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Xinjiang Thoughts on Carolyn Drake’s new book Wild Pigeon

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Many fantastic reviews have been written about Carolyn Drake’s new book of Xinjiang photography Wild Pigeon. Ian Johnson from the New York Review of Books commented on her innovative use of participatory sketching and collage. Photobook Bristol asked Drake how her participatory approach shaped her editorial process. Sean O’Hagan at The Guardian focused on Drake’s attempts to capture a vanishing culture on film. Colin Pantallat in Photo-eye congratulated Drake on “destroying” her images and in doing so destroying the solipsism that so often accompanies a heroic photographer. Rebecca Horne’s magnificent review at Daylight engages with Drake’s struggle to understand what her images might mean to Uyghurs. And the Time Lightbox review features lengthy image captions in which Drake relates the things Uyghurs told her as they looked at the images and realigned them with pencil and scissor. Numerous photography review journals selected it as one of the best books of 2014. Harper’s Magazine featured it as a portfolio in their January 2015 issue.

But how have Xinjiang photographers and critics received the book?

When I viewed and talked about the book with groups of Han photographers many of them noted the way Drake mixed high and low forms of art in the book. The images by Uyghur portrait photographers appended to the back cover of the book struck them as particularly interesting. The images are introduced by the words: “I see everything clearly now – the sky is still such a deep blue.” And concluded with the text: “And the world remains so beautiful and everything is so quiet and still.”

“Why did she include these?” they asked.

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Looking at the obviously Photoshopped images of rural Uyghurs inserted into exotic landscapes, they told me, “We could never (include manipulated portraits with our own work) here. If we did, people would just laugh at us. They would say, ‘You are a master photographer, and those people you are taking pictures of don’t know anything about art. Why are you acting as though their pictures are as good as your own?’”

But after we flipped through the book a few times and really looked at those pictures of Uyghurs posing in Mecca, on the beach in Varadero, Cuba, in front of Arashiyama in Kyoto, or awkwardly straddling a galloping steed, they said: “Wow, this book really is about the dreams of people. The idea is not to achieve some high standard of beauty, but to understand the desires of people.” They felt as though she had received access that would be very hard for them, as Han photographers, to gain.

Uyghur photographers were universally thrilled with the book. One told me, “These collages are really deep. I can stare at them for hours and still find new ideas and feelings in them. The colors and the way different images are positioned in relation to each other makes this a really profound and deep image.”

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Even Uyghur migrants deeply identified with the images. For instance, an image of a young Uyghur man sleeping in an Internet café sparked long conversations with a young man from the rural South about his own experiences as a desperado living on the streets of Ürümchi without a place to stay. He told me he had slept in a Internet café for more than 2 months back in 2011.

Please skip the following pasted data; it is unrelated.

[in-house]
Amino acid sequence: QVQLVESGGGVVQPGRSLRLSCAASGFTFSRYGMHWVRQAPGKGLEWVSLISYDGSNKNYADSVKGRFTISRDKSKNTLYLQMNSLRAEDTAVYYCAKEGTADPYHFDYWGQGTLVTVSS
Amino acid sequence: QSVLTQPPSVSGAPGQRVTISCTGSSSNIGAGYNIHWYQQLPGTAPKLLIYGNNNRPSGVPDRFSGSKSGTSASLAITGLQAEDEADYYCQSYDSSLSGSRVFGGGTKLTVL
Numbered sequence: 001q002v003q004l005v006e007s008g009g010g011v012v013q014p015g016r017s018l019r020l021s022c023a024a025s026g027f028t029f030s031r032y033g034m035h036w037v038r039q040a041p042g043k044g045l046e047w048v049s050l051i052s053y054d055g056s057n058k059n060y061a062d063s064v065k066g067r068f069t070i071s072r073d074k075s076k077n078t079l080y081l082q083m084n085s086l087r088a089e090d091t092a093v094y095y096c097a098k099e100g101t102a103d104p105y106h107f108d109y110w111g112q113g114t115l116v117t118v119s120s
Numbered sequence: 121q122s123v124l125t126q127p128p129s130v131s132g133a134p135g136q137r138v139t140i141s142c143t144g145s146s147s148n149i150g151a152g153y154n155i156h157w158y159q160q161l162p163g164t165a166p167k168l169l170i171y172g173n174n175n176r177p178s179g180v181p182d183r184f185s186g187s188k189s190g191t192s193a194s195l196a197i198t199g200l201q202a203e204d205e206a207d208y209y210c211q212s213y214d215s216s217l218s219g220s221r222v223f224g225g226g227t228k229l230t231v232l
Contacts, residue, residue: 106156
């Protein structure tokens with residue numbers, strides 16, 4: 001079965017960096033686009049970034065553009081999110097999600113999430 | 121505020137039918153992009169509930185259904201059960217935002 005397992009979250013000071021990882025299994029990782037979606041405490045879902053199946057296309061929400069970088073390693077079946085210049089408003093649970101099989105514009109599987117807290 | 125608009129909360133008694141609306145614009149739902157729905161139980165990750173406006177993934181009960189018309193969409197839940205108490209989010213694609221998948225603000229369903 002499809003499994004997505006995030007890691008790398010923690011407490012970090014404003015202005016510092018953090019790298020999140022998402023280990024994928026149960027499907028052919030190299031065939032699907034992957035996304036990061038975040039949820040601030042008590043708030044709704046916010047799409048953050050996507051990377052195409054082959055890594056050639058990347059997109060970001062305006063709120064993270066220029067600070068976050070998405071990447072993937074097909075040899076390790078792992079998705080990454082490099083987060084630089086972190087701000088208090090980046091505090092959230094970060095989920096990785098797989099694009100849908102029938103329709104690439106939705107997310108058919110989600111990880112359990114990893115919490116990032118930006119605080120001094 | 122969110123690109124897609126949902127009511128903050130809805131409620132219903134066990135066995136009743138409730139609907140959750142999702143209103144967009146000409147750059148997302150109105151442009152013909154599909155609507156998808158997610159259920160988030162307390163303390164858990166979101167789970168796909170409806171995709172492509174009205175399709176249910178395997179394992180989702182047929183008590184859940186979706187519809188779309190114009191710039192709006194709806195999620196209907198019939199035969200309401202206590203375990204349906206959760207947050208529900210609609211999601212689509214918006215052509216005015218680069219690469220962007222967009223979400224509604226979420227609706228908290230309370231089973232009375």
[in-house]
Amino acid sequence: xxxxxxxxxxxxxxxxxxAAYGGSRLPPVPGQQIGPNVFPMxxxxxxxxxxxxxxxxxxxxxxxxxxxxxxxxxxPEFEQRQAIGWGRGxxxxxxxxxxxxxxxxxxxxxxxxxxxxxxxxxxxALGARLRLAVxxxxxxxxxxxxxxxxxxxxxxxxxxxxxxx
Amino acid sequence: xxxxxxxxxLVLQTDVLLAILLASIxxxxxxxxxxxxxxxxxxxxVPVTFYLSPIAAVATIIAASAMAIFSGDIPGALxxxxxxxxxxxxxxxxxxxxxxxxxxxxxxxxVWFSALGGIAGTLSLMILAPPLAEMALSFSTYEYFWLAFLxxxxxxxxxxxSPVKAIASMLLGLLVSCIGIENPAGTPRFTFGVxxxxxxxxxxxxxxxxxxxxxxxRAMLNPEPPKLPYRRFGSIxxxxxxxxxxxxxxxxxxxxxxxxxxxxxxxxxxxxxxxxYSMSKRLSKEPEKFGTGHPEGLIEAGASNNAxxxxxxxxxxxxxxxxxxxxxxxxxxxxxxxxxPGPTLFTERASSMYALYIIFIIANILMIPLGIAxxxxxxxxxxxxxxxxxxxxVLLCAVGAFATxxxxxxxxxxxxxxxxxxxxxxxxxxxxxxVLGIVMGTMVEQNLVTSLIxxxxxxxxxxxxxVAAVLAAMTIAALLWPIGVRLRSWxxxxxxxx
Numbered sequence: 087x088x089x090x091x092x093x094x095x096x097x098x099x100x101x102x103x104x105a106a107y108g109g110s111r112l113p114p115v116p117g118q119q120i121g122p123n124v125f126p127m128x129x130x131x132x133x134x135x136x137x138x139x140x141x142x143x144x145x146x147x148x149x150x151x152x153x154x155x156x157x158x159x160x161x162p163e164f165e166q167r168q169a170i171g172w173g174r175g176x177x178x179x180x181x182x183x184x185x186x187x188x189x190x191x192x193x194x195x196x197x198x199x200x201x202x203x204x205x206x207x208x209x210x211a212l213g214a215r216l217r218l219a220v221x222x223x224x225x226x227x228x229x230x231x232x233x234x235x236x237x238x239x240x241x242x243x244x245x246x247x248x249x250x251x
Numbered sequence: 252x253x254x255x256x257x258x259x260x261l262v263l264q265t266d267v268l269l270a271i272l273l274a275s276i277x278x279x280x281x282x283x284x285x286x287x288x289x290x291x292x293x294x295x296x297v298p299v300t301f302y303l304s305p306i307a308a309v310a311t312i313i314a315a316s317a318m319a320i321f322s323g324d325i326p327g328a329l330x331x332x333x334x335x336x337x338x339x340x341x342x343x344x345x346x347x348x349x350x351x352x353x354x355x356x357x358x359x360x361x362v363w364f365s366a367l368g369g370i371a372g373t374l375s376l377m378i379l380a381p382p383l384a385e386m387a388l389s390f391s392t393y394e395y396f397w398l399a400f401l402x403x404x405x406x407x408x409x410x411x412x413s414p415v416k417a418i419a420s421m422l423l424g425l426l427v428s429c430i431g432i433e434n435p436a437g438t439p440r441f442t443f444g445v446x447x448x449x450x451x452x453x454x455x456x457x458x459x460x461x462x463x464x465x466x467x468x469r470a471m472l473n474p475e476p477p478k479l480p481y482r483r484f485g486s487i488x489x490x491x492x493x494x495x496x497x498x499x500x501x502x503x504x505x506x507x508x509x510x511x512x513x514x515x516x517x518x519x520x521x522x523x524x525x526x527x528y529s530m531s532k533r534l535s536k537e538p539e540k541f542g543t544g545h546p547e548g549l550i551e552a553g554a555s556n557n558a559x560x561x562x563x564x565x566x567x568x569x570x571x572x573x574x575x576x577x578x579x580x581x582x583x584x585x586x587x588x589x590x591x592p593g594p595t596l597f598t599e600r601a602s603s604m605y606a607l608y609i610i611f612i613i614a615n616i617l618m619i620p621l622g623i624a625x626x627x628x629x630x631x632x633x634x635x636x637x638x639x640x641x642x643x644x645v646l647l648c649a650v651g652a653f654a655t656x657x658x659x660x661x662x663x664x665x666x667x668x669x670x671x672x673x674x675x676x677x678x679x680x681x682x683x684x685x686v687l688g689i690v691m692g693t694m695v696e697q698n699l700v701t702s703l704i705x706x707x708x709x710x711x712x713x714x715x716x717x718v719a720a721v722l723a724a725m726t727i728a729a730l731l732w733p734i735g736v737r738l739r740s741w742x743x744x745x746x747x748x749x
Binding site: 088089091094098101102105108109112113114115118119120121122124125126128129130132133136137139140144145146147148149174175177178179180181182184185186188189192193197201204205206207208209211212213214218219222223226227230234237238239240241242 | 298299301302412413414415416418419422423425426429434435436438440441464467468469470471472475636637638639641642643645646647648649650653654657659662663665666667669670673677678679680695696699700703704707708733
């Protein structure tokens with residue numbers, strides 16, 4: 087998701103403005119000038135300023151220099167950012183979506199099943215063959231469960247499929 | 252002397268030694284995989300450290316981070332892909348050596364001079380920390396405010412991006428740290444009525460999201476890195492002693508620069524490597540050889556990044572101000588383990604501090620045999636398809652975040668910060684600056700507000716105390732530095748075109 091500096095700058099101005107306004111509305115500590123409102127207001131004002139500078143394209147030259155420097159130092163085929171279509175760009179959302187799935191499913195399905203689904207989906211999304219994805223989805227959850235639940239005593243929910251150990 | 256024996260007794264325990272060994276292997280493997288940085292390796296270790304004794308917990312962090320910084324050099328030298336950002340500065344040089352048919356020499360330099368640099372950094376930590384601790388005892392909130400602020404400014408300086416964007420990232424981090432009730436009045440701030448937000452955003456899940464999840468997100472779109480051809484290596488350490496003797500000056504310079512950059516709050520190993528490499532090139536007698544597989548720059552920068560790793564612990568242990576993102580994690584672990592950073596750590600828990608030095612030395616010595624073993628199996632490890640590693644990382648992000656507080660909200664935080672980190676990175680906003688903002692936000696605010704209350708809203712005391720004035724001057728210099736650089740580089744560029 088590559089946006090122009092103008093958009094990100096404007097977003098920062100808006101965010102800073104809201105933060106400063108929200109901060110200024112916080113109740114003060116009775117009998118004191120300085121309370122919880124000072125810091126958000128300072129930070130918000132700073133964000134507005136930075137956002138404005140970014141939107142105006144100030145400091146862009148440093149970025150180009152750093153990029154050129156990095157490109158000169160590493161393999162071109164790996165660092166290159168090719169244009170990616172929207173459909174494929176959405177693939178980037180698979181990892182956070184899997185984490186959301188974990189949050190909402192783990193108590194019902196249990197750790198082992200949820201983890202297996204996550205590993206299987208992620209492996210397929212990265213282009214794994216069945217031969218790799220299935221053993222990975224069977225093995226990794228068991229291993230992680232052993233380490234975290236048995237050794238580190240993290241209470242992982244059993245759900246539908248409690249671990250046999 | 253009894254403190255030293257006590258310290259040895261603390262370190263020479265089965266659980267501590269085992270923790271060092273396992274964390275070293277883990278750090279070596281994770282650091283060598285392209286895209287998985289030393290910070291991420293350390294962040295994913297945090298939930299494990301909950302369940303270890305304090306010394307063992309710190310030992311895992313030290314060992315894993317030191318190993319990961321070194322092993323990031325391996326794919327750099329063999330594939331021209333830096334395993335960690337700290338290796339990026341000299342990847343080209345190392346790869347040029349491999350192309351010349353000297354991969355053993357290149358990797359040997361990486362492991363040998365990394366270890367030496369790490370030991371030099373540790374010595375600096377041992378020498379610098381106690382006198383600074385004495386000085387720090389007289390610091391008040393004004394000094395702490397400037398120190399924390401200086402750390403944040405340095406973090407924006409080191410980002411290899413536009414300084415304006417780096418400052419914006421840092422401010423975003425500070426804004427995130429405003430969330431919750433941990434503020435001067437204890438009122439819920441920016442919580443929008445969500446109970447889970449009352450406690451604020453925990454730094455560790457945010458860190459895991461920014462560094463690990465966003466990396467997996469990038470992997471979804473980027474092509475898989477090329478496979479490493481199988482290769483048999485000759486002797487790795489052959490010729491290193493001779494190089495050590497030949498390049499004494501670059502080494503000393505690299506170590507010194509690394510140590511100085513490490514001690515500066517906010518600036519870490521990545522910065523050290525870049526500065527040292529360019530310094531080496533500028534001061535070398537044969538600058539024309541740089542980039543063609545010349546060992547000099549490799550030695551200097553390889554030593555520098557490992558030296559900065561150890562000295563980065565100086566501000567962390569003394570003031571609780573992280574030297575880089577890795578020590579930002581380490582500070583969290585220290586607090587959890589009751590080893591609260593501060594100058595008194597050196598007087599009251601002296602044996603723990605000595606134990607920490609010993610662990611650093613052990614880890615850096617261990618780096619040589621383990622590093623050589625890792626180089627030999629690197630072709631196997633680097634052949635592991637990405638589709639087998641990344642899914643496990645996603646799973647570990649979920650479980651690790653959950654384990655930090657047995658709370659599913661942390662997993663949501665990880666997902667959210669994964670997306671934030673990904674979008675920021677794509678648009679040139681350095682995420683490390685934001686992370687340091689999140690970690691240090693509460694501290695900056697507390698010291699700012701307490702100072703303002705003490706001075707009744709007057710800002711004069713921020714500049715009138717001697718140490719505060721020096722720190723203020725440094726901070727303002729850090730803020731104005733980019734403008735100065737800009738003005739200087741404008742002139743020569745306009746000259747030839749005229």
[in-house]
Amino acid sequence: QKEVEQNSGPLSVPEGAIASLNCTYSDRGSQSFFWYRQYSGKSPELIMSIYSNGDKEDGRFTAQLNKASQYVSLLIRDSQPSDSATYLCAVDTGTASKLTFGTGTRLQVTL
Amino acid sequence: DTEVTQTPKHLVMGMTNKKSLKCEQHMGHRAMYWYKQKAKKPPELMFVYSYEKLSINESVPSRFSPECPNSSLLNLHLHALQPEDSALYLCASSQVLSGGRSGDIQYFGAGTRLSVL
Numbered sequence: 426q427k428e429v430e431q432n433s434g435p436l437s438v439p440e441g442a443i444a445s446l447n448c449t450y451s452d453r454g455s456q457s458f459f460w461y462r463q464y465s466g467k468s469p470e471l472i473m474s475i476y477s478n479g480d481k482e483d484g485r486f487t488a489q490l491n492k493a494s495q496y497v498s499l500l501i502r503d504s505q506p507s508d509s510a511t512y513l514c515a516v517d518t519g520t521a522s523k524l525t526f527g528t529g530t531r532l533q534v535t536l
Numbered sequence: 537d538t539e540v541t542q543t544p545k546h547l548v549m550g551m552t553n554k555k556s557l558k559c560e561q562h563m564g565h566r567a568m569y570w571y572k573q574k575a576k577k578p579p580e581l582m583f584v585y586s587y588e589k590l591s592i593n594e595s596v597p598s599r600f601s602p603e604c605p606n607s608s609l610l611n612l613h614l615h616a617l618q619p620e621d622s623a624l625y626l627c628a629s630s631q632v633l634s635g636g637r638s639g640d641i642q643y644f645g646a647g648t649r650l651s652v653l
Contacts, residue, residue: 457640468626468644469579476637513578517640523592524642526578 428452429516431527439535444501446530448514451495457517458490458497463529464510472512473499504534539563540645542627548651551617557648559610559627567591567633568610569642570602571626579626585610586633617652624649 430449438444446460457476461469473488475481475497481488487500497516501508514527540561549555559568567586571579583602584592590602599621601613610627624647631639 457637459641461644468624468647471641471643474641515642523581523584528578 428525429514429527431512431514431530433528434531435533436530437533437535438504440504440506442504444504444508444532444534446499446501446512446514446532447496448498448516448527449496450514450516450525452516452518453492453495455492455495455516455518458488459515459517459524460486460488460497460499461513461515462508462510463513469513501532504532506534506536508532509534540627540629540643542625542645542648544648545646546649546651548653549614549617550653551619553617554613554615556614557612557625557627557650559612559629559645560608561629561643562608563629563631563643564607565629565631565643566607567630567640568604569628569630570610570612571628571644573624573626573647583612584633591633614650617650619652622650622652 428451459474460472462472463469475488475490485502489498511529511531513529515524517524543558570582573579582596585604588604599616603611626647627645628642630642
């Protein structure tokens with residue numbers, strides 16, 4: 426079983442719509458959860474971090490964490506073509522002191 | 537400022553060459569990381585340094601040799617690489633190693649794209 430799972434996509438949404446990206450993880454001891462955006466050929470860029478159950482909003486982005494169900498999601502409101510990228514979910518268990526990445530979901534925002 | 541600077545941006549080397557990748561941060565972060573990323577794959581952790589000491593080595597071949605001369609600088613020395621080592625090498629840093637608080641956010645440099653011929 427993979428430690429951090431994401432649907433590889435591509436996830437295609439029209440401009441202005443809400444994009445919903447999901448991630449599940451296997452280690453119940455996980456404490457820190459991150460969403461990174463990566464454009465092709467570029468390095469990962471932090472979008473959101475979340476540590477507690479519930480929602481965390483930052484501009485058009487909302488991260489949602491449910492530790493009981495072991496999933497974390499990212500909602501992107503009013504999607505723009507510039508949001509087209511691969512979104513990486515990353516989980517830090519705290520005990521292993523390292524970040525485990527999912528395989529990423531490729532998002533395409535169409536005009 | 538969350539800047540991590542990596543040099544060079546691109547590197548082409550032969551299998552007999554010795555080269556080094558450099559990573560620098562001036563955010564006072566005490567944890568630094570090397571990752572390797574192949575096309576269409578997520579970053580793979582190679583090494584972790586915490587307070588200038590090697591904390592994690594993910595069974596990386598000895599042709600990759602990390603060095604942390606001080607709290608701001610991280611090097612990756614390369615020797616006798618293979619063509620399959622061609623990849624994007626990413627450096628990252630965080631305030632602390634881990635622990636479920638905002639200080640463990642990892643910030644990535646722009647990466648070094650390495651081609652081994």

“I didn’t even have enough money to buy naan at that time,” he said. “I could just eat one bowl of Chinese instant noodles every day. Eventually a cousin helped me find another job as a security guard, but until I had enough money to rent a room I just stayed at the Internet café. That was one of the hardest times in my life.”

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Wild Pigeon is a special book. It is of the moment and simultaneously untimely. It distills the dreams of millions of Uyghurs who live without the legal right to move beyond the borders of their home prefecture in southern Xinjiang. It shows us glimpses of these dreams; and in the strength of their numbers, the poignancy of their looks, the feelings of their words. They wear us down – wounding our hearts a thousand times.

In her commentary near the end of the book Drake mentions that the nephew of one of the old men she interviewed, a young man she knows well, is still “shuffling paperwork, stamps, and fees, hoping to obtain a passport to travel abroad. He wants to learn about what’s happening in other parts of the world beyond China. Despite the numerous obstacles, he trusts and believes he will eventually get there.”

This same dream was the dream that was hooded and shackled 109 times two weeks ago in Thailand. As those dreams are worn down, they will begin to name the family members and friends who helped them escape, and within a few weeks hundreds more will be hooded and shackled. The cycle of fear and violence will continue to unravel; pigeons will continue to flail against the iron bars of the bird cage.

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  1. Pingback: Best of the Art of Life in Chinese Central Asian from 2015 | the art of life in chinese central asia

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